Man Convicted of Murder After Being Shot by Baltimore Police Demands New Trial
By Brandon Soderberg and Baynard Woods
December 1, 2017
Lawyers for Keith Davis Jr., a man shot by Baltimore Police in 2015 and subsequently charged with and eventually convicted of the murder of Kevin Jones near Pimlico Race Track, have filed a motion for a new trial challenging the reliability of the prosecution’s star witness, David Gutierrez, and how the State’s Attorney presented, as the motion says, “a member of the notorious Texas Syndicate prison gang,” to the jury.
Among the claims are the the prosecution mischaracterized Gutierrez’s criminal background by presenting him as a “nonviolent, sympathetic” drug dealer (rather than someone who helped set someone on fire, among other violent crimes listed), that the state essentially hindered discovery, and that Gutierrez perjured himself, and that the state knew he did it.
The state’s case relied almost entirely on Gutierrez’s testimony.
“Once the verdict was rendered, we were not given adequate time to vet Gutierrez to know who he was, defense was not given time to do that, so afterwards, after this unfortunate and unjust verdict was rendered we were able to do research and we found that David Gutierrez is a federal inmate serving 25 years for RICO acts as well as murders,” Kelly Davis, Keith Davis’ wife told The Real News in front Clarence M. Mitchell Jr. Courthouse last month wearing a “FREE KEITH DAVIS” t-shirt. “He was an enforcer for the Mexican cartel and a part of the Texas Syndicate Gang—it is a very dangerous, cruel gang that is within prisons in California and Texas.”
Davis met Gutierrez at Jessup Correctional Institute buying jailhouse wine from Gutierrez’s cellmate, Ihtisham Butt, the state claimed. Butt in a signed affidavit, denied he sold wine or even saw Davis.
“The state presented this confidential informant but misrepresented the facts surrounding him as far as his incarceration, the crimes he was involved in,” Kelly Davis said. “And also the fact that him and Keith never were together or had ever had a conversation or any interaction whatsoever.”
Davis’ case which found him going to court twice for Jones’ murder (the first time it was a hung jury, the second time he was convicted of second-degree murder) began the morning of June 7, 2015.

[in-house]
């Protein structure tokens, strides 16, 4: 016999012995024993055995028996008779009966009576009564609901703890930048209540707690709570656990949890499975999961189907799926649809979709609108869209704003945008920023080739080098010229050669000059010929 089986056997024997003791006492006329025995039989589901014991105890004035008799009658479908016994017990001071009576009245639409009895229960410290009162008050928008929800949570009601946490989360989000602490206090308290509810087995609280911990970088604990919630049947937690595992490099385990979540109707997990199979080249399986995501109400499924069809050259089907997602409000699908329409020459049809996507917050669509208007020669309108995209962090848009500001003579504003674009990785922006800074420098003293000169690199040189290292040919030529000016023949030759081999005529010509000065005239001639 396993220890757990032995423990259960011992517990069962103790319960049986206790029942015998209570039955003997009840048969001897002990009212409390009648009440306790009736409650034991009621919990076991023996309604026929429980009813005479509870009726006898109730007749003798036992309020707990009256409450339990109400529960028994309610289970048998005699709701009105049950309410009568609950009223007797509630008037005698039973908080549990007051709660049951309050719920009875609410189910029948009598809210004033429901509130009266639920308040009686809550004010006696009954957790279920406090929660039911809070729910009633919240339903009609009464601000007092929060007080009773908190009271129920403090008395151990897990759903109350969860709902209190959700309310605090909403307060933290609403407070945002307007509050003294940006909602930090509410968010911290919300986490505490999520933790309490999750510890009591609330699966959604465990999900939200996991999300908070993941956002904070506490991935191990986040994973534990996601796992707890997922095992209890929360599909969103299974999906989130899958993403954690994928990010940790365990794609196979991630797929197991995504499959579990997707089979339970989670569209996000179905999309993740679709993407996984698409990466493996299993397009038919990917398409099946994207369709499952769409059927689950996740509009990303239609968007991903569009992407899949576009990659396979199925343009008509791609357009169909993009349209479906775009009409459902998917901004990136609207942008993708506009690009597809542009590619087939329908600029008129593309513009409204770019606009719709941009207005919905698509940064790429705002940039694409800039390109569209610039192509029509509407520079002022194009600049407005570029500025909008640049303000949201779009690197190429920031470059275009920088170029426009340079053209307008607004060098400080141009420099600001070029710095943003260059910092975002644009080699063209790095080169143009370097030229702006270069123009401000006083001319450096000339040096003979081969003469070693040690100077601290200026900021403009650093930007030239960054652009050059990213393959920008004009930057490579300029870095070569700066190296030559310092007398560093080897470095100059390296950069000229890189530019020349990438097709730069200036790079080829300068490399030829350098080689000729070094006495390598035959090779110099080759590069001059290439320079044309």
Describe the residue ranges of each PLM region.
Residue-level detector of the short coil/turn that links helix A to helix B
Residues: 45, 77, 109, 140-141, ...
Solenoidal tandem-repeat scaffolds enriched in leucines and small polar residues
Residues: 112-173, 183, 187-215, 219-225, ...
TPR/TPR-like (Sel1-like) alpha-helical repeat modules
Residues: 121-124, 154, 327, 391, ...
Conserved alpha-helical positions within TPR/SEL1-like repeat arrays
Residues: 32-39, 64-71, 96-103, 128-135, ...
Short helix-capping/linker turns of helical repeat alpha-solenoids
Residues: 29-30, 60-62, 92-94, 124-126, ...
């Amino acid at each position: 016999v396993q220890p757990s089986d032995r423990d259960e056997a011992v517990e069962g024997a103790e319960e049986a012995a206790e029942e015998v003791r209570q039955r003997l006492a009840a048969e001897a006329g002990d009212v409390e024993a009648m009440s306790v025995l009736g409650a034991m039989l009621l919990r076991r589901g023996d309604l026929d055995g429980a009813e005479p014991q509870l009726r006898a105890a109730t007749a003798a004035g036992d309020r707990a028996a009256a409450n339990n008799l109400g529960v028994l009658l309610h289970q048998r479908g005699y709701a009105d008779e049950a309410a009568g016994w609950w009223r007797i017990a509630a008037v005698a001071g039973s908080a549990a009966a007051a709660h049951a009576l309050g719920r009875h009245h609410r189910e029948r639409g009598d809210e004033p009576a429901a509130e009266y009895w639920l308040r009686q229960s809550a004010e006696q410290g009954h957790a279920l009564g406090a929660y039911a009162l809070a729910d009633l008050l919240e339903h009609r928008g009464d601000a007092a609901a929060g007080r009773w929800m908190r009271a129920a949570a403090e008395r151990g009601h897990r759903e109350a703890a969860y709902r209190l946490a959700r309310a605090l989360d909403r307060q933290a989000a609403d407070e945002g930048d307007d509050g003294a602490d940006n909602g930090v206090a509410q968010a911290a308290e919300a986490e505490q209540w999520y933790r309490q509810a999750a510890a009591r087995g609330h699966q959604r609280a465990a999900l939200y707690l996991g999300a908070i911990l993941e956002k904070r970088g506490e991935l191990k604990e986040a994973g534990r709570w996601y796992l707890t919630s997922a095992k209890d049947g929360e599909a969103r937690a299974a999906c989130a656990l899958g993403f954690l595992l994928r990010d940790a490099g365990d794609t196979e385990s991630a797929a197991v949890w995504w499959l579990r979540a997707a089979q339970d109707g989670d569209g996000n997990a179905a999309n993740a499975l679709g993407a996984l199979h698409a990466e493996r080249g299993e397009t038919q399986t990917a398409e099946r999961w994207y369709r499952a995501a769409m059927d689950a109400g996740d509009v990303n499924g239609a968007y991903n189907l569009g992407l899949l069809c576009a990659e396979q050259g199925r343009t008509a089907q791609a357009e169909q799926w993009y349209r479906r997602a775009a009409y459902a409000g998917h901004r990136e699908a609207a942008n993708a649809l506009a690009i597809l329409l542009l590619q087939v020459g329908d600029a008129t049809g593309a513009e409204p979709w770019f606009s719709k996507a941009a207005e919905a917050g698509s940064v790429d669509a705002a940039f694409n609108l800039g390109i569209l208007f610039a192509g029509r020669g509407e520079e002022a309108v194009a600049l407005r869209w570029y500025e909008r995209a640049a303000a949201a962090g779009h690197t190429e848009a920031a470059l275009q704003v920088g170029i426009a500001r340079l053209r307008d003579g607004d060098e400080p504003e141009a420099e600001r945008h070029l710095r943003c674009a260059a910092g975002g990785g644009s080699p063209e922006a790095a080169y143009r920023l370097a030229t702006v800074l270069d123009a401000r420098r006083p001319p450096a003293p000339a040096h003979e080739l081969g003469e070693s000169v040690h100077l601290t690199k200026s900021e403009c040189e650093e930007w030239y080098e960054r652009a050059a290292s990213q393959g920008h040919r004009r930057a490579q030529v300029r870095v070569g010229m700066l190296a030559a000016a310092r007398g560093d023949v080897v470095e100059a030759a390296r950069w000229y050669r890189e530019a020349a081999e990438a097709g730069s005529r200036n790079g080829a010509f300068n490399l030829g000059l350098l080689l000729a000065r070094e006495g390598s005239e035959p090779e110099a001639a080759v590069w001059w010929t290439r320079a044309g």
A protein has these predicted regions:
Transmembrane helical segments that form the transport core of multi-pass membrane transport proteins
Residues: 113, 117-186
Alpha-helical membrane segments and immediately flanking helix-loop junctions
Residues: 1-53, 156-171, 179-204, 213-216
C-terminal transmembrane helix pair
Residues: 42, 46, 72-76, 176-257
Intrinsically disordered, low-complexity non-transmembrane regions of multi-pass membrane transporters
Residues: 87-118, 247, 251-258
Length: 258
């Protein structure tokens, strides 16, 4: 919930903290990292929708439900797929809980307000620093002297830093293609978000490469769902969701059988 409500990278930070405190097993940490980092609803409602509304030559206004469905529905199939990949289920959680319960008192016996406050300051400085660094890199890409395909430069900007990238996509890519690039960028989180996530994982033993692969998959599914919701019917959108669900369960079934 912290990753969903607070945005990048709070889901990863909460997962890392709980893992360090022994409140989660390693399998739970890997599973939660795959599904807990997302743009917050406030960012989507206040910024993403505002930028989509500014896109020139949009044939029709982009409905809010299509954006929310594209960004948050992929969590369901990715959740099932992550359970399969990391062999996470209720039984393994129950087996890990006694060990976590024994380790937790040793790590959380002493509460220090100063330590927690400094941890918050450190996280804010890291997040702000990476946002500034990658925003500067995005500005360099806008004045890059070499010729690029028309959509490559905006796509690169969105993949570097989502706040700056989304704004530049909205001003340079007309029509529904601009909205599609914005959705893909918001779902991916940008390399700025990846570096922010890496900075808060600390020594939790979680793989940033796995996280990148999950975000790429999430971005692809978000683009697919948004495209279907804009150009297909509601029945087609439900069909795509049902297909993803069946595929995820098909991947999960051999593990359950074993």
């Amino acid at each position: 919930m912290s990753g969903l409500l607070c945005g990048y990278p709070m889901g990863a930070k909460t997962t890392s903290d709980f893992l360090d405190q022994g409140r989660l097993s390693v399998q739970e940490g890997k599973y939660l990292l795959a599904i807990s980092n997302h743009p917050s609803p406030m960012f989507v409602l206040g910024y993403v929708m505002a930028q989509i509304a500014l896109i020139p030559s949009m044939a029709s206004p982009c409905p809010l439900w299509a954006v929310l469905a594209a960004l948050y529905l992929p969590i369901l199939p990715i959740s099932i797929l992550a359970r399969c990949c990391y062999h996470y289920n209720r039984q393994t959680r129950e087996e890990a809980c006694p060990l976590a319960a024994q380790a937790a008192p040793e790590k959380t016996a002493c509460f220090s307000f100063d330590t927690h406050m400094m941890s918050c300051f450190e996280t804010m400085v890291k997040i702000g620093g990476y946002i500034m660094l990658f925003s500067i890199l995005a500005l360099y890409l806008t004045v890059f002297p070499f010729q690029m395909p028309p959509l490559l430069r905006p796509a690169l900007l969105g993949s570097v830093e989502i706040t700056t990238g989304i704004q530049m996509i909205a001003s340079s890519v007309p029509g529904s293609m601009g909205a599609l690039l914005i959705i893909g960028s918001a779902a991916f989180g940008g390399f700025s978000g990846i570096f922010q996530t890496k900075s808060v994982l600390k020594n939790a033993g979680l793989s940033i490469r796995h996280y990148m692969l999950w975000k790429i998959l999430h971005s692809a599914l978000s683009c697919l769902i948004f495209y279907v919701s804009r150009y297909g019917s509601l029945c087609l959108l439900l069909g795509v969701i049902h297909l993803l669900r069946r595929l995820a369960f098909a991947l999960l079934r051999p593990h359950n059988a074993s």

According to the police officers who shot him, Davis used a gun to hold up a hack, or unlicensed cab. When the hack pulled up beside a police car and the gunman fled and the pursuing officers, Lane Eskins, Alfredo Santiago, and Catherine Filippou, chased Keith Davis Jr. into a dark garage. They started firing.
In total, 43 shots had been fired and Davis was struck three times. Police charged Davis with 16 crimes, including firing his weapon. The problem was, almost none of it held up. Davis claimed he had been walking down the street on the phone with his then-girlfriend, now-wife Kelly, when he saw officers running. This was only two months after the in-custody death of Freddie Gray and Davis says when he saw the police he was scared and ran.
In court, Charles Holden, the hack driver, was asked to identify Davis.
“If I go closer I can tell you that’s him or not,” Holden said.
When he got up close to Davis the prosecutor asked him if he recognized the man who held him up.
“To my recollection that don’t look like him much to me,” Holden said.
Davis’ gun had not been fired during the exchange, but it did have Davis’ palm print on it. His lawyer argued that the gun had been planted and his prints wiped on it. The jury found Davis guilty of possessing the handgun on March 3, 2016.
After Davis was found guilty of possessing the gun, he was charged with Jones’ murder. According to charging documents, investigators “determined that cartridge cases recovered from the scene of the murder” of Jones, “were fired from the gun recovered by the defendant.”
Davis’ first trial for the murder ended in a hung jury, but he was swiftly convicted in October. The state disingenuously alleged the circumstances of the robbery, of which Davis was cleared, as evidence in the murder and Davis’ acquittal for the robbery was not allowed to be mentioned in court.